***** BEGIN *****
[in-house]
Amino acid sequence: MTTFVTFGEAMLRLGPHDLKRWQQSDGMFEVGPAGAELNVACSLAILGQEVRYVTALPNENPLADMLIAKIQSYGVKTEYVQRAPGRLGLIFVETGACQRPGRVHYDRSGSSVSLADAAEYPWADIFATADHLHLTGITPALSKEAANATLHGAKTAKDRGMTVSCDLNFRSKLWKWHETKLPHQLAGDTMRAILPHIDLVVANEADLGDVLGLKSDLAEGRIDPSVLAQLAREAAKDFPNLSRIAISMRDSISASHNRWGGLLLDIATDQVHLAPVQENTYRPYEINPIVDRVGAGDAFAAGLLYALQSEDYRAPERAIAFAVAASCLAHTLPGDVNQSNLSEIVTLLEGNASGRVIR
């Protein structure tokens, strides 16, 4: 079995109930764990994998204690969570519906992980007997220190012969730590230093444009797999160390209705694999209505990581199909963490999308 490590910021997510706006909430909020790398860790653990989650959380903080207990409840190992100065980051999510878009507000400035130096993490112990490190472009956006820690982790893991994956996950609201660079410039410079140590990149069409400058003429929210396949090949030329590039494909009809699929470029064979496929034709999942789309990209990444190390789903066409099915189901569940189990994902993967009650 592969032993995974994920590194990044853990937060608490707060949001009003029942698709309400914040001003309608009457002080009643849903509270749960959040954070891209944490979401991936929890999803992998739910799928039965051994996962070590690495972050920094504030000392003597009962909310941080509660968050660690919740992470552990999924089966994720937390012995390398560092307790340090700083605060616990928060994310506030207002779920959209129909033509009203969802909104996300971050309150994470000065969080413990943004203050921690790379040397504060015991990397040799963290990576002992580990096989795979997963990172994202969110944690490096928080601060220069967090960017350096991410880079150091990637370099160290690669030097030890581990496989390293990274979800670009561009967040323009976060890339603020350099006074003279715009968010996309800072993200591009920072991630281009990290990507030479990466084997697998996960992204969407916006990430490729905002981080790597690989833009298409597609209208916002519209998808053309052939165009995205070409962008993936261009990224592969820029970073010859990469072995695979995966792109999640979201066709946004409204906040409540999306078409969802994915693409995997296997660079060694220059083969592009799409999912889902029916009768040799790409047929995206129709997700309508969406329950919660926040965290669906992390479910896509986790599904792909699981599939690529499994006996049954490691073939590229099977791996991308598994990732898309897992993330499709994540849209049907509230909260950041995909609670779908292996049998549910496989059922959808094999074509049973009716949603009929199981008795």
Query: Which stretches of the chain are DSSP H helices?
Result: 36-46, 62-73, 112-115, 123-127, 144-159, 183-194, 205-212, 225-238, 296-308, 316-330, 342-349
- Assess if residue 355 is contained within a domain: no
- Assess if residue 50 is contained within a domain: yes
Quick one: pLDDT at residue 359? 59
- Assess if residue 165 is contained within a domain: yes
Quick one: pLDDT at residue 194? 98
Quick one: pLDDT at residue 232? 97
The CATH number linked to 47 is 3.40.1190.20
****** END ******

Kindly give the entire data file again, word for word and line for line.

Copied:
[in-house]
Amino acid sequence: MTTFVTFGEAMLRLGPHDLKRWQQSDGMFEVGPAGAELNVACSLAILGQEVRYVTALPNENPLADMLIAKIQSYGVKTEYVQRAPGRLGLIFVETGACQRPGRVHYDRSGSSVSLADAAEYPWADIFATADHLHLTGITPALSKEAANATLHGAKTAKDRGMTVSCDLNFRSKLWKWHETKLPHQLAGDTMRAILPHIDLVVANEADLGDVLGLKSDLAEGRIDPSVLAQLAREAAKDFPNLSRIAISMRDSISASHNRWGGLLLDIATDQVHLAPVQENTYRPYEINPIVDRVGAGDAFAAGLLYALQSEDYRAPERAIAFAVAASCLAHTLPGDVNQSNLSEIVTLLEGNASGRVIR
């Protein structure tokens, strides 16, 4: 079995109930764990994998204690969570519906992980007997220190012969730590230093444009797999160390209705694999209505990581199909963490999308 490590910021997510706006909430909020790398860790653990989650959380903080207990409840190992100065980051999510878009507000400035130096993490112990490190472009956006820690982790893991994956996950609201660079410039410079140590990149069409400058003429929210396949090949030329590039494909009809699929470029064979496929034709999942789309990209990444190390789903066409099915189901569940189990994902993967009650 592969032993995974994920590194990044853990937060608490707060949001009003029942698709309400914040001003309608009457002080009643849903509270749960959040954070891209944490979401991936929890999803992998739910799928039965051994996962070590690495972050920094504030000392003597009962909310941080509660968050660690919740992470552990999924089966994720937390012995390398560092307790340090700083605060616990928060994310506030207002779920959209129909033509009203969802909104996300971050309150994470000065969080413990943004203050921690790379040397504060015991990397040799963290990576002992580990096989795979997963990172994202969110944690490096928080601060220069967090960017350096991410880079150091990637370099160290690669030097030890581990496989390293990274979800670009561009967040323009976060890339603020350099006074003279715009968010996309800072993200591009920072991630281009990290990507030479990466084997697998996960992204969407916006990430490729905002981080790597690989833009298409597609209208916002519209998808053309052939165009995205070409962008993936261009990224592969820029970073010859990469072995695979995966792109999640979201066709946004409204906040409540999306078409969802994915693409995997296997660079060694220059083969592009799409999912889902029916009768040799790409047929995206129709997700309508969406329950919660926040965290669906992390479910896509986790599904792909699981599939690529499994006996049954490691073939590229099977791996991308598994990732898309897992993330499709994540849209049907509230909260950041995909609670779908292996049998549910496989059922959808094999074509049973009716949603009929199981008795």
Query: Which stretches of the chain are DSSP H helices?
Result: 36-46, 62-73, 112-115, 123-127, 144-159, 183-194, 205-212, 225-238, 296-308, 316-330, 342-349
- Assess if residue 355 is contained within a domain: no
- Assess if residue 50 is contained within a domain: yes
Quick one: pLDDT at residue 359? 59
- Assess if residue 165 is contained within a domain: yes
Quick one: pLDDT at residue 194? 98
Quick one: pLDDT at residue 232? 97
The CATH number linked to 47 is 3.40.1190.20